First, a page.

The subordinate legislation – the Environment Protection Regulations and Environment Reference Standard – has been made by the Governor in Council and came into effect on 1 July 2021 with the Act.
If your business generates, transports or receives industrial waste, you have duties:
- under the general environmental duty, relating to your business activity
- to manage the waste and where it goes.
Industrial waste includes waste from:
- commercial, industrial and trade activities, or from laboratories
- household waste once it is gathered at a waste facility (for example transfer station, landfill)
- accommodation, cafes and restaurants
- building and road construction, renovations, demolitions and repairs
- primary industries including agriculture, forestry and fishing.
We will apply strict penalties if you:
- dump or abandon industrial waste
- don’t check your waste will be managed appropriately, when you give it to others.
Duties if you provide industrial waste to others
- You must take reasonable steps to identify and classify your waste.
- You must take all reasonable steps to make sure your waste is taken to a lawful place. For example, by engaging a reputable contractor to transport and dispose of your waste.
- If your business produces industrial waste and you are going to give this waste to others, either for disposal or resource recovery, there are specific requirements you must meet.
Duties if you deposit industrial waste
If you deposit, or dispose of industrial waste, it must be at a ‘lawful place’. This includes sorting, recovery and disposal facilities. If you receive or deposit industrial waste, it is your responsibility to know whether it is a lawful place.
Duties if you receive industrial waste
If you receive industrial waste, you must be a lawful place.
Duties if you deal with ‘priority’ industrial waste
If you are dealing with a ‘priority’ waste, which covers hazardous wastes, you have additional duties.
How to manage industrial waste
To meet the waste duties, businesses must:
- take reasonable steps to identify and classify the waste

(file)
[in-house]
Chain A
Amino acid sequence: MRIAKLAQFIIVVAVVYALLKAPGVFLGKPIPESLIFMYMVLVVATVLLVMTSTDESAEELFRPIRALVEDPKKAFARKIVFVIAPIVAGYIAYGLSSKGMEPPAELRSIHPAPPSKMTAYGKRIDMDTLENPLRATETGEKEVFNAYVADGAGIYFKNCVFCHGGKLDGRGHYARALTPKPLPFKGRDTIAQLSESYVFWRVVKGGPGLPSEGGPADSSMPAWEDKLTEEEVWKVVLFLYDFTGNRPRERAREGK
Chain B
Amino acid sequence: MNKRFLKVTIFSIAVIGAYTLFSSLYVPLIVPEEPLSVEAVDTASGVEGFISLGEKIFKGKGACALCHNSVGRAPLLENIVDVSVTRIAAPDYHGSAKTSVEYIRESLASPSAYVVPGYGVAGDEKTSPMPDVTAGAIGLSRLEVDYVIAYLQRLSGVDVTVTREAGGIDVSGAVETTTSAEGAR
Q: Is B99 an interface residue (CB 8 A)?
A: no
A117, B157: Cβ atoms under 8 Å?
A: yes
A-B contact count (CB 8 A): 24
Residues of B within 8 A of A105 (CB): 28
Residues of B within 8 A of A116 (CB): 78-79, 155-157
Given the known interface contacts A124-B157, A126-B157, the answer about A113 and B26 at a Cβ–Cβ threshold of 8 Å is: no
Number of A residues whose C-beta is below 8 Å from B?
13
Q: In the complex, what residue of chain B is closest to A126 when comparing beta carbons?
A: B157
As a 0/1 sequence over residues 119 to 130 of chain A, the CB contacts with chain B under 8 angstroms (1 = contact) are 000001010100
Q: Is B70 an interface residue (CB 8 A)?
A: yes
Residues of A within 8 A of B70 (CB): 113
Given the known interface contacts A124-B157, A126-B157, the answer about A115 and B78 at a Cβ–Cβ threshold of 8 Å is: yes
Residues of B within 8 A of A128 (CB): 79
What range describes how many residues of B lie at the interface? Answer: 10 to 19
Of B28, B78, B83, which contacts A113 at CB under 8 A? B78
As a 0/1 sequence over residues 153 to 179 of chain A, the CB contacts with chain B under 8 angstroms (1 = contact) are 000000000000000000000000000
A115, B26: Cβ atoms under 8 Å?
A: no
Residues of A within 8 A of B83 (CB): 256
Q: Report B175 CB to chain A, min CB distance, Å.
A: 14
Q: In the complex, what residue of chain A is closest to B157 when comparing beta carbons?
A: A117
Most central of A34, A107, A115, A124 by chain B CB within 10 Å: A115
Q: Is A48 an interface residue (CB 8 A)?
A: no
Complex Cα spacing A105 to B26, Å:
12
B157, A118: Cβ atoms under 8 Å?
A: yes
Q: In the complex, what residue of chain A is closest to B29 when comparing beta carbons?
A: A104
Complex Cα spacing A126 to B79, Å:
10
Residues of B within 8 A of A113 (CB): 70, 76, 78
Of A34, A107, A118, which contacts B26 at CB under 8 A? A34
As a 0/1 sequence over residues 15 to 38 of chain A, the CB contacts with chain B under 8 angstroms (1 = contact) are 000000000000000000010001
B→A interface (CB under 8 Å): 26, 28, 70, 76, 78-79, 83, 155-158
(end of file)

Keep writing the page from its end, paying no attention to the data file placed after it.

- give the next person handling the waste enough information to transport it to a lawful place
- make sure that the place receiving the waste is a lawful place
- not deposit the waste at a lawful place without consent from the permission holder, or manager of the premises.
Your ‘reasonable steps’ may be different depending on the type of waste and its risk of mismanagement and dumping. Higher risk wastes require more attention and verification.
Find out more about:
- Classification. Industrial waste must be identified and classified. This makes it clear what duties apply to the management of the waste. Read the Guide to classifying industrial waste (publication 1968).
- Transportation. You must contain your waste safely during transport. Some wastes have specific containment, isolation, vehicle permission and tracking requirements.
- Lawful place. Industrial waste may only go a lawful place.
What is a lawful place?
There are several ways for a place to be a lawful place. These are proportionate to the level of risk and include places:
- authorised by a permission to undertake resource recovery or landfill disposal activities
- using waste in a low-risk activity deemed to be a lawful place by the Regulations
- using waste in a low-risk activity covered by a declaration of use
A wide range of waste recovery activities will need a permission (licence, permit or registration) to become a lawful place. This includes waste and resource recovery activities as well as disposal to landfill. Resource recovery means it can be recycled, repurposed or used in a different way.
Mismanagement of industrial waste is a serious issue and the penalties we impose reflect the significance of waste crime issues.
Courts may impose a maximum of 10,000 penalty units on businesses who breach their duties and 2,000 penalty units on individuals.
There are also offences available to tackle repeat offenders and directors of companies involved in waste crime, including imprisonment.
Guide to classifying industrial waste (publication 1968)
Reviewed 2 August 2021